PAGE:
Check out the Spring/Summer 2019 edition of Four Winds Journal by Orenda Healing International. We have an article about a project we completed in Darmstadt, Germany last year as part of The International Forest Art Centre’s Forest Art Biennial. The article and installation explores attitudes around migration through a forest garden installation of “alien” plants in a “native” forest, which the city uses for public recreation and to house newly arrived Middle Eastern refugees in abandoned US military buildings located on the forest edge. Check out the article here.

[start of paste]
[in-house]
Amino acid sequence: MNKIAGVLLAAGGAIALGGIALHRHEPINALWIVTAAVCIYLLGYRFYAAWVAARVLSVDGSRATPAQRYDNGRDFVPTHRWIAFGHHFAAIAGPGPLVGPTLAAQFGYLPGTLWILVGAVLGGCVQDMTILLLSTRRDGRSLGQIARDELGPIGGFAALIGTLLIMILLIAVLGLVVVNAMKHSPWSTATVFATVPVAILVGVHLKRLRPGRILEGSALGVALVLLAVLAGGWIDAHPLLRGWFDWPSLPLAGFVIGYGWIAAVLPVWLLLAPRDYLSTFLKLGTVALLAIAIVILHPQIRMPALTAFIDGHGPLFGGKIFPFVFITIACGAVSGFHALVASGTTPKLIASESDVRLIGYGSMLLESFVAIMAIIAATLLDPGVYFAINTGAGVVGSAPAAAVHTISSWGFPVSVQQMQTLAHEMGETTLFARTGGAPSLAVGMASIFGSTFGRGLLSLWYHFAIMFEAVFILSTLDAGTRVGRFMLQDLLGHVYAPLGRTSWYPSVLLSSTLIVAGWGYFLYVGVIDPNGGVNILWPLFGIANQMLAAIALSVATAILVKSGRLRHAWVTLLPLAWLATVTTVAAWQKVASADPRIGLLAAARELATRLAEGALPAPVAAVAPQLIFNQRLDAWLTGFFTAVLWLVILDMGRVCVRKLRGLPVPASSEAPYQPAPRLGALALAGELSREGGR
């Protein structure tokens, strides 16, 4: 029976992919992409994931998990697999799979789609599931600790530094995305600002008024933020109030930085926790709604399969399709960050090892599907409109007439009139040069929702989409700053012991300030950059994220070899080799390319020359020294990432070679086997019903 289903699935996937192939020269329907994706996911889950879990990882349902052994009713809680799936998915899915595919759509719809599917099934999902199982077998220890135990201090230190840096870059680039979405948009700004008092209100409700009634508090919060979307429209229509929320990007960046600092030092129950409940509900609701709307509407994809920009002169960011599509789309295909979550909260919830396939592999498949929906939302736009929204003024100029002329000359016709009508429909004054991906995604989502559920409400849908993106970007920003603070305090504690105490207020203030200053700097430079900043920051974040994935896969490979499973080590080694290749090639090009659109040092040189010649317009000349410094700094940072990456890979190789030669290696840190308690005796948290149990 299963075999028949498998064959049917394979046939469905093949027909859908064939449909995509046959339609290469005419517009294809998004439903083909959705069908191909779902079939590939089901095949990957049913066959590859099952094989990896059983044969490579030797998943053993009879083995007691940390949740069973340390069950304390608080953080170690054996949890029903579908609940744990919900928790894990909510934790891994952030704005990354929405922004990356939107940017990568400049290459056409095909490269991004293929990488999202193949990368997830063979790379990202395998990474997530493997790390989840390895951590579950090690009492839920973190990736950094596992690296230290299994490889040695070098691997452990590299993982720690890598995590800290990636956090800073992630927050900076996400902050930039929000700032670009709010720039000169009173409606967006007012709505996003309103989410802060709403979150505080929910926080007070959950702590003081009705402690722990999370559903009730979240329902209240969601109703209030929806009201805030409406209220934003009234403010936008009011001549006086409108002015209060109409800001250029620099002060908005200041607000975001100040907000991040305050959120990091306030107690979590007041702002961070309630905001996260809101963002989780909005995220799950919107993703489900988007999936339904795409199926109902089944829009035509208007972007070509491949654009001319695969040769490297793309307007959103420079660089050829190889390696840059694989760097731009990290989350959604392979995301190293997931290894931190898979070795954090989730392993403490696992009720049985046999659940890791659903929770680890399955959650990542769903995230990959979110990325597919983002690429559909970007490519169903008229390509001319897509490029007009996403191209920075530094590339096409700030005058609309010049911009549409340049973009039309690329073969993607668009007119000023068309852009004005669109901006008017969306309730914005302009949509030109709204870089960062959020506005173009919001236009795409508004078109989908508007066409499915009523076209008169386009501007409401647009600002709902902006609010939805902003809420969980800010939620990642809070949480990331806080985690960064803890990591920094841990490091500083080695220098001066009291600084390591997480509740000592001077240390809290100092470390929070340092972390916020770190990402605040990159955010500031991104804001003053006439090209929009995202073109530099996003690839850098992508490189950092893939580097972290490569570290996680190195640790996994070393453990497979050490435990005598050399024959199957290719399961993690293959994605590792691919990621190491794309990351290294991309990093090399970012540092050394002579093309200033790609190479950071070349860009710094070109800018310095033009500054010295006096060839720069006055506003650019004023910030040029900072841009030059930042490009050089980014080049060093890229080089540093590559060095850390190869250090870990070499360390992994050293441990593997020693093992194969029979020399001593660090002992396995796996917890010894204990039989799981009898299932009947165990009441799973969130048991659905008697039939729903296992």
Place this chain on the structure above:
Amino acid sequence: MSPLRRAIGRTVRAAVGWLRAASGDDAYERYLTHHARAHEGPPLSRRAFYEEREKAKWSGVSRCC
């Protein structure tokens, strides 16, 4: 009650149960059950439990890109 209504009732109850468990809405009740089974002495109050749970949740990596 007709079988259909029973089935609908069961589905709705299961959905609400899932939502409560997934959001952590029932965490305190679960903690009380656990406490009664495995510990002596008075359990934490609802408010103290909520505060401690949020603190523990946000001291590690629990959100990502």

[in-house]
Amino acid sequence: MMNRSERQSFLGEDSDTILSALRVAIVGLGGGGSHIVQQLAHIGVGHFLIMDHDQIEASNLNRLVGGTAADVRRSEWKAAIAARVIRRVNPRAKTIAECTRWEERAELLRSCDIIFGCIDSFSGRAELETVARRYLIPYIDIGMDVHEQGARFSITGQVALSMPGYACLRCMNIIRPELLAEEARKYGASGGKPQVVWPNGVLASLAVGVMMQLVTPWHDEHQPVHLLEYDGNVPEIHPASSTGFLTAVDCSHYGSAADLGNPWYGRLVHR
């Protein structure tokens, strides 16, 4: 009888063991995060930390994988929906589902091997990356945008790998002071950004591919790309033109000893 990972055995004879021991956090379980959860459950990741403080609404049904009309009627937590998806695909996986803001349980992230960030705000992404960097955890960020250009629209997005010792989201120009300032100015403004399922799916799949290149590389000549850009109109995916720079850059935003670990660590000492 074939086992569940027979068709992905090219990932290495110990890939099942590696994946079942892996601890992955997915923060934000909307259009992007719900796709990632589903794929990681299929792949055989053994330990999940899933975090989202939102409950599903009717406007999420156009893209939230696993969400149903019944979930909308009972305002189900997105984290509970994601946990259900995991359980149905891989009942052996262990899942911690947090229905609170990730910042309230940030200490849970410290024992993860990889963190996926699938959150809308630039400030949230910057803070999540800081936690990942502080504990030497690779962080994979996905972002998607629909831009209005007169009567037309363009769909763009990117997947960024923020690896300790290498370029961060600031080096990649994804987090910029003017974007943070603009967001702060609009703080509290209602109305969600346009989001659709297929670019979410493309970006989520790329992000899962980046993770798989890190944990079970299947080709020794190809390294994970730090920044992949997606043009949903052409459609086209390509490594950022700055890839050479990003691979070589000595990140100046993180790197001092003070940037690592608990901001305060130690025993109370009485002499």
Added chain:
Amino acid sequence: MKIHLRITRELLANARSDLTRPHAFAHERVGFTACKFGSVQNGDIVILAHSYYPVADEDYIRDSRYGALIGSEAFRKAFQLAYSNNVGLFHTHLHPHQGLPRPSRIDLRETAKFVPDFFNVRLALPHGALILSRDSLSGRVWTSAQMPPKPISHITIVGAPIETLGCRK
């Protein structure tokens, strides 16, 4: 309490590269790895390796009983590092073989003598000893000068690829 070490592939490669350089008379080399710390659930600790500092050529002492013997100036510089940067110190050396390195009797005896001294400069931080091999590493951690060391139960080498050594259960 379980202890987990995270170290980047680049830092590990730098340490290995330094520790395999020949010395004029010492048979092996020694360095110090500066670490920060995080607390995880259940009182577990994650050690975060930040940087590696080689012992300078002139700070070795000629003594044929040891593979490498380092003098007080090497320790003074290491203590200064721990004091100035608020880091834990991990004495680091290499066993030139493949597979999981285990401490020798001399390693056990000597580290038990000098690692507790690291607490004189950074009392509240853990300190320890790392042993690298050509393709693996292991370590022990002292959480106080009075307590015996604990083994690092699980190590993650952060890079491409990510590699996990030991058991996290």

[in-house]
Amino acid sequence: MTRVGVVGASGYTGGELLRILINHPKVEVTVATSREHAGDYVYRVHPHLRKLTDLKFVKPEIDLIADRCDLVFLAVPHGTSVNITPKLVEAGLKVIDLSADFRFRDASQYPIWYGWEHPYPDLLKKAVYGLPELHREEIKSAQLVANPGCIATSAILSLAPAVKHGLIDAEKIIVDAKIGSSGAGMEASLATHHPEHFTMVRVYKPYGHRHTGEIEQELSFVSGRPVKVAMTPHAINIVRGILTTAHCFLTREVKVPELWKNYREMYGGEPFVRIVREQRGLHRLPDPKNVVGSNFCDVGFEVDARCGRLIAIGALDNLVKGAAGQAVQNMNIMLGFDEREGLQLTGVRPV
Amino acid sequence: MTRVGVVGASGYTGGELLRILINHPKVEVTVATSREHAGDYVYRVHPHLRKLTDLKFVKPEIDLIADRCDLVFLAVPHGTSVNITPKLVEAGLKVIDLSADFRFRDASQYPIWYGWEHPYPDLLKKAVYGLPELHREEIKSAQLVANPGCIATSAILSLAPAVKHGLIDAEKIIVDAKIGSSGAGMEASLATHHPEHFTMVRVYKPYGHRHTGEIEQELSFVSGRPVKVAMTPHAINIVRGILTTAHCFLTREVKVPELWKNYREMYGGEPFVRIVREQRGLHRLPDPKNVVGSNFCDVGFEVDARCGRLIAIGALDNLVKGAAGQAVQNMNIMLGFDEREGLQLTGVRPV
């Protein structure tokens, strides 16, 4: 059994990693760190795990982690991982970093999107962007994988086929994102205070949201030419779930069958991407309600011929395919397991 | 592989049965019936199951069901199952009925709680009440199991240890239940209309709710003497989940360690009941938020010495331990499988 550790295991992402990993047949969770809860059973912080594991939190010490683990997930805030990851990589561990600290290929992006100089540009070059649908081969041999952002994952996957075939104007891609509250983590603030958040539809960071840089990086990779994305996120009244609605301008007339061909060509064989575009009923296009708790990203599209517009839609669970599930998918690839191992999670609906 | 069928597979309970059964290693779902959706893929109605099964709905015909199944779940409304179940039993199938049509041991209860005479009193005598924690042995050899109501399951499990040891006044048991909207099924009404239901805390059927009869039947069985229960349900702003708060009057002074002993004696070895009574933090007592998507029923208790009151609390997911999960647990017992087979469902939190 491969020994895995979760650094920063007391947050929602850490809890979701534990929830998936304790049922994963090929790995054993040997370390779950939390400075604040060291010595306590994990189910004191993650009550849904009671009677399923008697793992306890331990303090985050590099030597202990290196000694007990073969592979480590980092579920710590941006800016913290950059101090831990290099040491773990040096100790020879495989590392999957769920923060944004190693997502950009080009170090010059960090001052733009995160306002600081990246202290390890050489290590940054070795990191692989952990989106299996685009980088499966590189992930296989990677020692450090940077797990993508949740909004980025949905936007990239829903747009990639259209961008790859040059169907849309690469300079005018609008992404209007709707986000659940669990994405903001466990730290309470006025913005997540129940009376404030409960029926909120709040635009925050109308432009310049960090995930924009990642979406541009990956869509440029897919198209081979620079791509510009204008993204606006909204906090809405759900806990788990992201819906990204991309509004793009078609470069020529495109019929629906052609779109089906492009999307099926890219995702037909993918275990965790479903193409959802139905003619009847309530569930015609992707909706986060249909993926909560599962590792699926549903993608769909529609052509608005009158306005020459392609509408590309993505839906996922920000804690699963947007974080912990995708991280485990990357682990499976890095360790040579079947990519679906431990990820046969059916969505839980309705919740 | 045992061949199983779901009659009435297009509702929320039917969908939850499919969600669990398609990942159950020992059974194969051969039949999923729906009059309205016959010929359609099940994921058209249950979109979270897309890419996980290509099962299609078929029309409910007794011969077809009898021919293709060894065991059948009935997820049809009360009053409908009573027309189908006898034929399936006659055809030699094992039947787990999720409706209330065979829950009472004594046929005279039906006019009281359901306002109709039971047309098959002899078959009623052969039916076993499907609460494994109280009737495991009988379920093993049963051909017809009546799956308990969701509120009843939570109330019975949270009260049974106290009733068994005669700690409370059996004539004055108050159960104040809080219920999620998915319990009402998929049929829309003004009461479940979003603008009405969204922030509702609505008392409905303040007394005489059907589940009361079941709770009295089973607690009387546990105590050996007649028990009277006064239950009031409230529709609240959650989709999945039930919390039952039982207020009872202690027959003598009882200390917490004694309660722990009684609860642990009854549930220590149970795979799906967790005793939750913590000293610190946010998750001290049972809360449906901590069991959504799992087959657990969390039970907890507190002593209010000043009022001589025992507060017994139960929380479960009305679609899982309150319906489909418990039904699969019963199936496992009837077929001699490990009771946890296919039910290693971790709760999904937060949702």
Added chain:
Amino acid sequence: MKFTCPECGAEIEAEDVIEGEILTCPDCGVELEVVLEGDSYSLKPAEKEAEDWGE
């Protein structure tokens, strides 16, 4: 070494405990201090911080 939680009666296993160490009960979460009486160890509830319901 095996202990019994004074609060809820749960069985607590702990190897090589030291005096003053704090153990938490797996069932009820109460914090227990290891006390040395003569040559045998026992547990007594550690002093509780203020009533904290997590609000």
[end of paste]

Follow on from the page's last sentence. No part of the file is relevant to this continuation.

becoming-Botanical: a post-modern liber herbalis